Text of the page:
At the next review, the patient recognised his son but was unable to remember his name. He talked of his deceased parents and said they were well and alive. He spoke of how he had to get to work in the mornings and got agitated when this did not happen. Sleep was reported to be poor again. He did not respond to zolpidem. Mirtazapine was reduced and changed to trazodone. Aggression was reported to be worse by evening so clonazepam was changed to diazepam. 

Verbal and physical aggression was reported to have reduced. The family were able to engage him better in activities and continued to keep him on one to one supervision. Episodic agitation was reported which responded to distraction and medication.

Sleep slowly improved and there were no further psychotic symptoms reported. He was less confused and outbursts reduced. Episodic aggression was noted when there was a change in routine and on return home after a trip. When irritable he threatened to hurt himself. On occasions he did not recognise his house. He responded well to distraction and family felt they were able to manage him. He was able to engage in games with his children and grandchildren and he restarted small chores at home.

He continued to exhibit episodic aggression to his wife as he appeared to be suspicious of her. Benzodiazepines were slowly reduced and stopped. Sleep and appetite gradually improved over the next few weeks. Risperidone was eventually reduced and stopped. He tolerated this change well. Aggressive outbursts had reduced. He did not make any further attempts to leave the house. At times did not recognise his house but responded very well to family and distraction.

The family assisted by providing a calm, caring and familiar environment. With advice they were able to engage him gradually and manage his behavior. Other measures included taking him out for regular physical activity, ensuring noise reduction, distraction and care from family members.

He continues to maintain improvement. 

 

Conclusion

We have reported this case as the management of BPSD poses a challenge both to family and the treating team. Also increased awareness and education on dementia to the family made them more receptive to the diagnosis. The added support following this made a drastic change in the patient who needed very less medication.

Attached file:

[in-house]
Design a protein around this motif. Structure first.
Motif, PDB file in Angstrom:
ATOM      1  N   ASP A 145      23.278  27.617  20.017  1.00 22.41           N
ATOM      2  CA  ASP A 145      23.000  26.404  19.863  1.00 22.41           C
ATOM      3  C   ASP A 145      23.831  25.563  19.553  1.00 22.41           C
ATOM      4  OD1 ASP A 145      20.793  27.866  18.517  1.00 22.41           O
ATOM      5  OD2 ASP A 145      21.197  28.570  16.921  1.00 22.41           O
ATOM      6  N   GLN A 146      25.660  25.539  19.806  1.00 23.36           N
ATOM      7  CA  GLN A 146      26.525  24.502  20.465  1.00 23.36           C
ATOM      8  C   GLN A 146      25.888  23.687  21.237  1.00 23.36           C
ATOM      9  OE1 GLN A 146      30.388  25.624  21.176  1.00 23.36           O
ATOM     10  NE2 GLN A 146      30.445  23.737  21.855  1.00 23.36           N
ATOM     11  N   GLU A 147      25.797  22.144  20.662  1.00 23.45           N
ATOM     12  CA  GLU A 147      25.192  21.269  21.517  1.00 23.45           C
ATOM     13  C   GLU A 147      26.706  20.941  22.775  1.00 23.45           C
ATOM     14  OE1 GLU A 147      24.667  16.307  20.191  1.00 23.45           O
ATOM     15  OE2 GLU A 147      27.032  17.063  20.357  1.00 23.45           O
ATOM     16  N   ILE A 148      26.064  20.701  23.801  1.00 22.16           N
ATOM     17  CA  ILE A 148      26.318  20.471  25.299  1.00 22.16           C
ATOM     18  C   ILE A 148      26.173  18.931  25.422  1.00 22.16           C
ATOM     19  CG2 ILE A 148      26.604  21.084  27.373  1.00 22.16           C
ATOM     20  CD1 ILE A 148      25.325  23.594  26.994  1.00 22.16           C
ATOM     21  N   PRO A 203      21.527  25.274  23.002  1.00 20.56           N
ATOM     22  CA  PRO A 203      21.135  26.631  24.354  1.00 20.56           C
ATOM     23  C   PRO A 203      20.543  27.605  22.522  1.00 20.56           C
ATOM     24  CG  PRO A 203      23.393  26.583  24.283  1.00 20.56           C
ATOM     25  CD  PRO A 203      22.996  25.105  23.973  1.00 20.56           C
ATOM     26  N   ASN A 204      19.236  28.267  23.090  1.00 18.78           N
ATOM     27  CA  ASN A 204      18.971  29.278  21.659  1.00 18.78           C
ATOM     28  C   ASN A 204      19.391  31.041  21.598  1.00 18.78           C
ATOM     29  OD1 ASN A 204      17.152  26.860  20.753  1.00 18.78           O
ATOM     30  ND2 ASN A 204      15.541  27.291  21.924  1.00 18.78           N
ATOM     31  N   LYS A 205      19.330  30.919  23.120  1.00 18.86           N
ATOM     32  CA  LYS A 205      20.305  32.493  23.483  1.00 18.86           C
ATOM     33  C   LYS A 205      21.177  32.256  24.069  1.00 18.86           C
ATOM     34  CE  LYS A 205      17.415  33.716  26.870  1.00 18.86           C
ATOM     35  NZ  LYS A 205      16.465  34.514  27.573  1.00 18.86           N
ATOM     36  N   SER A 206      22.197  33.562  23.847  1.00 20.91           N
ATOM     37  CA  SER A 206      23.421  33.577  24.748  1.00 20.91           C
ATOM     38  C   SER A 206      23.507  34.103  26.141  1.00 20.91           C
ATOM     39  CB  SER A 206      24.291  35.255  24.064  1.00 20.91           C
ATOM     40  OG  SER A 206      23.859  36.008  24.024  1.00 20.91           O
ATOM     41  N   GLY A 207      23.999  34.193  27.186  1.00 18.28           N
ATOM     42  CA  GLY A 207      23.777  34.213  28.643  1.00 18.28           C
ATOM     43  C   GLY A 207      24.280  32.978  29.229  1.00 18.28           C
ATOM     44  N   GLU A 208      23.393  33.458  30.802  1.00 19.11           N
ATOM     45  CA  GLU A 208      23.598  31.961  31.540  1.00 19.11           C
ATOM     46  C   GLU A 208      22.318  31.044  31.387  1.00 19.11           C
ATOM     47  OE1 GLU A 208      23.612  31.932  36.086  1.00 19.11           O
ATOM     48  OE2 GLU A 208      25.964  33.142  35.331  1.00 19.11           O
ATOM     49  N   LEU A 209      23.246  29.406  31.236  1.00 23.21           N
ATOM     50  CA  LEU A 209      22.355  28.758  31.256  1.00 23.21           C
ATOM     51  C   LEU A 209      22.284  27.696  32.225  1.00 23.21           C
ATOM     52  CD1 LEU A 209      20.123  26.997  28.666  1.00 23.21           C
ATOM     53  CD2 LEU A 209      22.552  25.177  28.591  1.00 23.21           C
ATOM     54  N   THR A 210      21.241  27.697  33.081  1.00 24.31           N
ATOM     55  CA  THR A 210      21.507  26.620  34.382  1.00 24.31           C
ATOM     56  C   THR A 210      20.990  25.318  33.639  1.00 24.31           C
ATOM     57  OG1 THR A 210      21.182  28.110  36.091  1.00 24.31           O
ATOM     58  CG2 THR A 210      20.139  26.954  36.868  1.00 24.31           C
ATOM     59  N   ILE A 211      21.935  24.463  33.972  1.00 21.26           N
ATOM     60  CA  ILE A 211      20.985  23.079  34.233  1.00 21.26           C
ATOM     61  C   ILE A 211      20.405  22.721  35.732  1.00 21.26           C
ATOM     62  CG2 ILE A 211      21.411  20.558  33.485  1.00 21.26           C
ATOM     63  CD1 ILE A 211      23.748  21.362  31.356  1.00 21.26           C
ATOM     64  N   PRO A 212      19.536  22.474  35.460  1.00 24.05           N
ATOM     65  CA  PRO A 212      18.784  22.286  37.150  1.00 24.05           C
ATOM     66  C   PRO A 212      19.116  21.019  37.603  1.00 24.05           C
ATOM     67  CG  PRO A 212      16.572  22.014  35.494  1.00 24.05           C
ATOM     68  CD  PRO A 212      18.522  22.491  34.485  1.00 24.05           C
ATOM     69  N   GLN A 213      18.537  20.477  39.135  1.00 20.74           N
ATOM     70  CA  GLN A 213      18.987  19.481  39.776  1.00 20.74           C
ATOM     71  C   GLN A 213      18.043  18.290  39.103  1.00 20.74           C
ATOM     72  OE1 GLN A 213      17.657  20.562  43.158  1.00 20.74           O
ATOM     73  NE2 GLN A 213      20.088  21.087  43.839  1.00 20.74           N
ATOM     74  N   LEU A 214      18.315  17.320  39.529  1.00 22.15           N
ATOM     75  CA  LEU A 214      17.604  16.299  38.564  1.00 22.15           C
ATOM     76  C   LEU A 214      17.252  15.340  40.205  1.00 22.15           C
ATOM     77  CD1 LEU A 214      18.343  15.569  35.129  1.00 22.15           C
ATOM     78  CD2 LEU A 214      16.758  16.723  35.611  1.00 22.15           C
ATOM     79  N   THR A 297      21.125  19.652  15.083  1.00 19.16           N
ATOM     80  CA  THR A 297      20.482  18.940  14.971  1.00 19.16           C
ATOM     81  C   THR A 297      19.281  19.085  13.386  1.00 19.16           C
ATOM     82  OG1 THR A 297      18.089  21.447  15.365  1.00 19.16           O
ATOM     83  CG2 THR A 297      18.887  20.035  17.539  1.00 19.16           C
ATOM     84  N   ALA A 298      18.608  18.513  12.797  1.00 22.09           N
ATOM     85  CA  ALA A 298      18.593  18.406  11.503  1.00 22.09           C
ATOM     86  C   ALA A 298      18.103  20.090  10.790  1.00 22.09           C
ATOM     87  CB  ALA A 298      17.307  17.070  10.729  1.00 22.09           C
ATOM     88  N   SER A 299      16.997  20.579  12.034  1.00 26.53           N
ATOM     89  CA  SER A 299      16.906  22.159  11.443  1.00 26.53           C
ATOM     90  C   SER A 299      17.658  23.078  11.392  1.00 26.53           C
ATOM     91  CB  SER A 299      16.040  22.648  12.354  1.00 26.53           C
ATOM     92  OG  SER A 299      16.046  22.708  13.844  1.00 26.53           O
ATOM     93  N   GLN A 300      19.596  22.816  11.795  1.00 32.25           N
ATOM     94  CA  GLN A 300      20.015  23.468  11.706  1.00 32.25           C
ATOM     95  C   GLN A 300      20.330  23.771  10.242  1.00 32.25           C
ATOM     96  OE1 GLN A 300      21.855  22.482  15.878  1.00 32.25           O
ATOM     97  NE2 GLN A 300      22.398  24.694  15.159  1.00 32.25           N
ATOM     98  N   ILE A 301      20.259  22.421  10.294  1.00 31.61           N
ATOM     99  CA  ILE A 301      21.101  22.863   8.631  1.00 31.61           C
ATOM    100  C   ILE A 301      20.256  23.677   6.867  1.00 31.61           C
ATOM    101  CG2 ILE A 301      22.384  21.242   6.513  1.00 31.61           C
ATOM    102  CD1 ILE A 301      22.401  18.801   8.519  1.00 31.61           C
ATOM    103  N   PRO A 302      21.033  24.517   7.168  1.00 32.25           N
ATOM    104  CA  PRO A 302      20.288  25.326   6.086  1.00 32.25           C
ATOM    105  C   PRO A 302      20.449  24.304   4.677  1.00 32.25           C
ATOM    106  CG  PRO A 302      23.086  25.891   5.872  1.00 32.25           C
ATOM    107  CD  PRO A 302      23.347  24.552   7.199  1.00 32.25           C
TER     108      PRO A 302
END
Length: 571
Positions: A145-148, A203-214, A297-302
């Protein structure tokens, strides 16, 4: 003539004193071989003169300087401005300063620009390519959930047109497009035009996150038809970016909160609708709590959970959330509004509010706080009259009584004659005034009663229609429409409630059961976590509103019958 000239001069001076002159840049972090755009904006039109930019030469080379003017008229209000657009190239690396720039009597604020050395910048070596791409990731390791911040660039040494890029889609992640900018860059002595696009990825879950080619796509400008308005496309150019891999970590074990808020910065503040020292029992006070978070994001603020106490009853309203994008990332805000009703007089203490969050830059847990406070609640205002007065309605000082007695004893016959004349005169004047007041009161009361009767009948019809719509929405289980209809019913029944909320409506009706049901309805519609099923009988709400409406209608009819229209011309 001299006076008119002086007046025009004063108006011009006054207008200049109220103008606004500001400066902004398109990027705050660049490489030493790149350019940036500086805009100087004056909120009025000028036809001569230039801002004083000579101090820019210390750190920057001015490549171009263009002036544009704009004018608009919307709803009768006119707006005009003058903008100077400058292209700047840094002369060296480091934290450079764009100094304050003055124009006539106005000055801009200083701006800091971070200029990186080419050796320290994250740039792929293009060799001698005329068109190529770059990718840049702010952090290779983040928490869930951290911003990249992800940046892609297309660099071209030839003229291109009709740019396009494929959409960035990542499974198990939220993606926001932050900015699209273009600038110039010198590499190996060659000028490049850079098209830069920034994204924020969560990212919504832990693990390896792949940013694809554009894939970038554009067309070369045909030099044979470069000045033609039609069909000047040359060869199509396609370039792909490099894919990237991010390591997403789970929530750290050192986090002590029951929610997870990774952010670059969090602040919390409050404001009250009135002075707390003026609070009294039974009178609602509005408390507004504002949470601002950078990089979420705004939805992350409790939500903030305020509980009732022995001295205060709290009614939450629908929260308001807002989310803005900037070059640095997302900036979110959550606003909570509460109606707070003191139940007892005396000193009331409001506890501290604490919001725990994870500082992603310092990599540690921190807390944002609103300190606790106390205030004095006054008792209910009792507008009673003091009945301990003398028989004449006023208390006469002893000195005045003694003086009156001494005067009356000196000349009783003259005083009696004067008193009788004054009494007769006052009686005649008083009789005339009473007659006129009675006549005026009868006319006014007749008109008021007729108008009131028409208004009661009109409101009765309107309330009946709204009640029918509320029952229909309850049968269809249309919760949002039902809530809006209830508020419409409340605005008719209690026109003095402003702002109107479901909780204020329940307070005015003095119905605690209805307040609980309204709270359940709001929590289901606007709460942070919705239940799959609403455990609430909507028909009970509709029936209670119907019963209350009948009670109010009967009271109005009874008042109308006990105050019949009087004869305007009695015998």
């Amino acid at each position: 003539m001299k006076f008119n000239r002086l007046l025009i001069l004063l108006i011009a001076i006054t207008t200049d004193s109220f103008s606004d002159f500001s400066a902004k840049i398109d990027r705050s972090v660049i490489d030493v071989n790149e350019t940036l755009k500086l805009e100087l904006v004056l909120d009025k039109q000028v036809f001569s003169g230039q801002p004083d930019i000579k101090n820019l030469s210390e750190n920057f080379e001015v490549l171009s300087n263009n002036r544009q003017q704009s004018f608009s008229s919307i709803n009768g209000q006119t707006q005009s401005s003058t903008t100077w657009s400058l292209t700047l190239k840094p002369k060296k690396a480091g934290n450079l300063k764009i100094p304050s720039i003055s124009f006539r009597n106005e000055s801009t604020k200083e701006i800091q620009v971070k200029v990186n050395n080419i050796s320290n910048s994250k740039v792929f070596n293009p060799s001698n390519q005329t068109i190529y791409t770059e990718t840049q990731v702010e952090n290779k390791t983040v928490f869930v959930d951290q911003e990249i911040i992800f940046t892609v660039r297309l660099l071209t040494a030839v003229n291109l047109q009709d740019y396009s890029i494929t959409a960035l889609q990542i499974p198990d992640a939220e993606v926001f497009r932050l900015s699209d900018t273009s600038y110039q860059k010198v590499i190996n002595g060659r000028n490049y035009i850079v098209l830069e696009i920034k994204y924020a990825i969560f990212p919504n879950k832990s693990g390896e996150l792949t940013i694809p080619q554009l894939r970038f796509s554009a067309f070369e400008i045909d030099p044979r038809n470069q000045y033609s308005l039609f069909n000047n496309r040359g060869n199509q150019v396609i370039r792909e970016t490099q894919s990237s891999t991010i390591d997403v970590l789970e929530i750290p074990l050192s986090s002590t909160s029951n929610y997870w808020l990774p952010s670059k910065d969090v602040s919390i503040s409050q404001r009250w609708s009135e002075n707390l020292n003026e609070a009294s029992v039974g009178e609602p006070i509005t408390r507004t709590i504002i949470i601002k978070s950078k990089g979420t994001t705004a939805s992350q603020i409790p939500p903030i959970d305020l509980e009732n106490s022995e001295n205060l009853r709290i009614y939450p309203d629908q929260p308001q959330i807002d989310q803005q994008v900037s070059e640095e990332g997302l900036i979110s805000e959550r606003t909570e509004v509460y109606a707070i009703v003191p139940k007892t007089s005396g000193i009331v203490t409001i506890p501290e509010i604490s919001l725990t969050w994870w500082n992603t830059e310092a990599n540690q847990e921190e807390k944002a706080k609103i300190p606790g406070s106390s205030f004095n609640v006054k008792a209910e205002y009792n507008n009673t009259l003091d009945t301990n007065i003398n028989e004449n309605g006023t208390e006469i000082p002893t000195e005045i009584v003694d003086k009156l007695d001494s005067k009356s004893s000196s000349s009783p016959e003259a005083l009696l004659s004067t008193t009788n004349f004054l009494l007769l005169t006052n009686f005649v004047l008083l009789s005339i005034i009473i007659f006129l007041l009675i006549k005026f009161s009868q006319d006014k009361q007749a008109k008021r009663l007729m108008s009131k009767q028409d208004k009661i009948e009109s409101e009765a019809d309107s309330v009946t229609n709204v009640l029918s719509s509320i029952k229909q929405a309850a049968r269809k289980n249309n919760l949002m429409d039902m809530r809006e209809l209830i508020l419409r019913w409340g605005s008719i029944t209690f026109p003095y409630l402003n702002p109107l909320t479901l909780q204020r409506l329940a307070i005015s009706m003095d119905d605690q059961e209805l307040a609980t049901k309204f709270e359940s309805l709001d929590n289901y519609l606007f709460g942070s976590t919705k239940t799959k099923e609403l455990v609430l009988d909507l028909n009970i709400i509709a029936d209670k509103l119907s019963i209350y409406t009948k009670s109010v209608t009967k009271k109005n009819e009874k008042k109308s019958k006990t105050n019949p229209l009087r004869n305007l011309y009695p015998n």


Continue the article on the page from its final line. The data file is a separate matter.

More than 50% of people with dementia experience BPSD. It is distressing and is often a reason for placement by the family and caregivers. 

At least half of patients attending outpatient clinics and 75% of patients in nursing homes have some sort of BPSD.4 This case highlights the need for awareness of dementia and BPSD. It confirms the joint working with family and service users throughout the treatment. The reassurance from family helps in quicker recovery. Caregiver training forms a vital part of the non pharmacologic management of BPSD. This also helps in improving caregiver wellbeing, which is vital. 

Discussion

As this case highlights the diagnosis of dementia and the resulting symptoms have a huge impact on family. Most of the time admission alone and pharmacological treatment is expected as the norm. This is understandable considering the huge responsibility and risks posed by the symptoms of dementia on the family and caregivers. Carer support by the treating team and psychoeducation at every step of the treatment process can have a tremendous consequence. As this can improve relationships and trust between the team and family with a compounding positive effect on the person with dementia.

Joint working, use of non-pharmacologic intervention with adequate medications can tide over the acute phase if the family or caregiver are in agreement. Hence, any management should be tailored to be person centered  around the needs and known history of the person with dementia.

There is no clear-cut treatment plan and this has to be adapted based on the presentation in line with standard guidelines. 

We should continue to improve the awareness of dementia and strive to improve the quality of life for the user and family after a diagnosis of dementia.


Dr Sheeba Ninan, Consultant Old Age, Psychiatrist Meitra Hospital, Edakkad Post, Calicut

Dr Manoj Rajagopal, Consultant Old Age Psychiatrist, Lancashire and South Cumbria NHS Foundation Trust


References

  1. Zaudig M. A risk-benefit assessment of risperidone for the treatment of behavioral and psychological symptoms in dementia. Drug Saf. 2000; 23(3):183–95
  2. World Health Organization International news , Dementia  Factsheet , 2020
  3. Brodarty H, Donkin M. Family caregivers of people with dementia. Dialogues Clin Neurosci. 2009;11(2): 217–228
  4. Hersh EC, Falzgraf S. Management of the behavioral and psychological symptoms of dementia. Clin Interv Aging. 2007; 2(4): 611–621